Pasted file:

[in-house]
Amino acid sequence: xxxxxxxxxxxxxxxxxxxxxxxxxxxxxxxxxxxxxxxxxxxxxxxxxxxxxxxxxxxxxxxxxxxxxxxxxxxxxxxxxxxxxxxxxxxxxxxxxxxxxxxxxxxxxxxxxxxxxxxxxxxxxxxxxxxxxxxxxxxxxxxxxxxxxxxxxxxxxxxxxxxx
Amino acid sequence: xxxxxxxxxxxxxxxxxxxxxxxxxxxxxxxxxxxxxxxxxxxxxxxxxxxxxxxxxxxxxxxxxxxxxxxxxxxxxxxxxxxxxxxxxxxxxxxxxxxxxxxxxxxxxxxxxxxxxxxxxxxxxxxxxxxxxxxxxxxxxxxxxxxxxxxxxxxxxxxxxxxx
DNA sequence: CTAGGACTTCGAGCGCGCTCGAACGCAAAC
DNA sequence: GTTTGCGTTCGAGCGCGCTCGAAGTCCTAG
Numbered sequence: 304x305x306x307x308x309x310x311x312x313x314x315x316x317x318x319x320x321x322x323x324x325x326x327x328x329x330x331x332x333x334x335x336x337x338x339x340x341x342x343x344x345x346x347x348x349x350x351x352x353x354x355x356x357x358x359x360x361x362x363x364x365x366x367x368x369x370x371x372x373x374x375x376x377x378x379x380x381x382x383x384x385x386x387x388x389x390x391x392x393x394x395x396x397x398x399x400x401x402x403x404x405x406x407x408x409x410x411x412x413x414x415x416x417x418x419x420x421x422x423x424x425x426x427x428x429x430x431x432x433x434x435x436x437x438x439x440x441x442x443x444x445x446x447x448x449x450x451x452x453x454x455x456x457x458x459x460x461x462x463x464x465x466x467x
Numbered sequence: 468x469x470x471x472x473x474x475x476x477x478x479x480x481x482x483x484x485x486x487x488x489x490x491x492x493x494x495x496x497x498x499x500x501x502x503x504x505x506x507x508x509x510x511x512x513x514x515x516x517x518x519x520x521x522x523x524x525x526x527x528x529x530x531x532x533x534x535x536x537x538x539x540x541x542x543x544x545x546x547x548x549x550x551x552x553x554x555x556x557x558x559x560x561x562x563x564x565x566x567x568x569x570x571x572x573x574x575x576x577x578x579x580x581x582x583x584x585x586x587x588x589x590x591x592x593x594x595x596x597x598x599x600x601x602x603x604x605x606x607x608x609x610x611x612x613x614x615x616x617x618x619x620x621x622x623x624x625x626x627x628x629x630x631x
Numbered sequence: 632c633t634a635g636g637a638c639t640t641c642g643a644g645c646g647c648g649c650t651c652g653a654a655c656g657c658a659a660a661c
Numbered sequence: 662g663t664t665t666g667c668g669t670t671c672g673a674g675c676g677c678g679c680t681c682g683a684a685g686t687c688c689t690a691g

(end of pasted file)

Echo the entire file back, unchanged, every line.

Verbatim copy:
[in-house]
Amino acid sequence: xxxxxxxxxxxxxxxxxxxxxxxxxxxxxxxxxxxxxxxxxxxxxxxxxxxxxxxxxxxxxxxxxxxxxxxxxxxxxxxxxxxxxxxxxxxxxxxxxxxxxxxxxxxxxxxxxxxxxxxxxxxxxxxxxxxxxxxxxxxxxxxxxxxxxxxxxxxxxxxxxxxx
Amino acid sequence: xxxxxxxxxxxxxxxxxxxxxxxxxxxxxxxxxxxxxxxxxxxxxxxxxxxxxxxxxxxxxxxxxxxxxxxxxxxxxxxxxxxxxxxxxxxxxxxxxxxxxxxxxxxxxxxxxxxxxxxxxxxxxxxxxxxxxxxxxxxxxxxxxxxxxxxxxxxxxxxxxxxx
DNA sequence: CTAGGACTTCGAGCGCGCTCGAACGCAAAC
DNA sequence: GTTTGCGTTCGAGCGCGCTCGAAGTCCTAG
Numbered sequence: 304x305x306x307x308x309x310x311x312x313x314x315x316x317x318x319x320x321x322x323x324x325x326x327x328x329x330x331x332x333x334x335x336x337x338x339x340x341x342x343x344x345x346x347x348x349x350x351x352x353x354x355x356x357x358x359x360x361x362x363x364x365x366x367x368x369x370x371x372x373x374x375x376x377x378x379x380x381x382x383x384x385x386x387x388x389x390x391x392x393x394x395x396x397x398x399x400x401x402x403x404x405x406x407x408x409x410x411x412x413x414x415x416x417x418x419x420x421x422x423x424x425x426x427x428x429x430x431x432x433x434x435x436x437x438x439x440x441x442x443x444x445x446x447x448x449x450x451x452x453x454x455x456x457x458x459x460x461x462x463x464x465x466x467x
Numbered sequence: 468x469x470x471x472x473x474x475x476x477x478x479x480x481x482x483x484x485x486x487x488x489x490x491x492x493x494x495x496x497x498x499x500x501x502x503x504x505x506x507x508x509x510x511x512x513x514x515x516x517x518x519x520x521x522x523x524x525x526x527x528x529x530x531x532x533x534x535x536x537x538x539x540x541x542x543x544x545x546x547x548x549x550x551x552x553x554x555x556x557x558x559x560x561x562x563x564x565x566x567x568x569x570x571x572x573x574x575x576x577x578x579x580x581x582x583x584x585x586x587x588x589x590x591x592x593x594x595x596x597x598x599x600x601x602x603x604x605x606x607x608x609x610x611x612x613x614x615x616x617x618x619x620x621x622x623x624x625x626x627x628x629x630x631x
Numbered sequence: 632c633t634a635g636g637a638c639t640t641c642g643a644g645c646g647c648g649c650t651c652g653a654a655c656g657c658a659a660a661c
Numbered sequence: 662g663t664t665t666g667c668g669t670t671c672g673a674g675c676g677c678g679c680t681c682g683a684a685g686t687c688c689t690a691g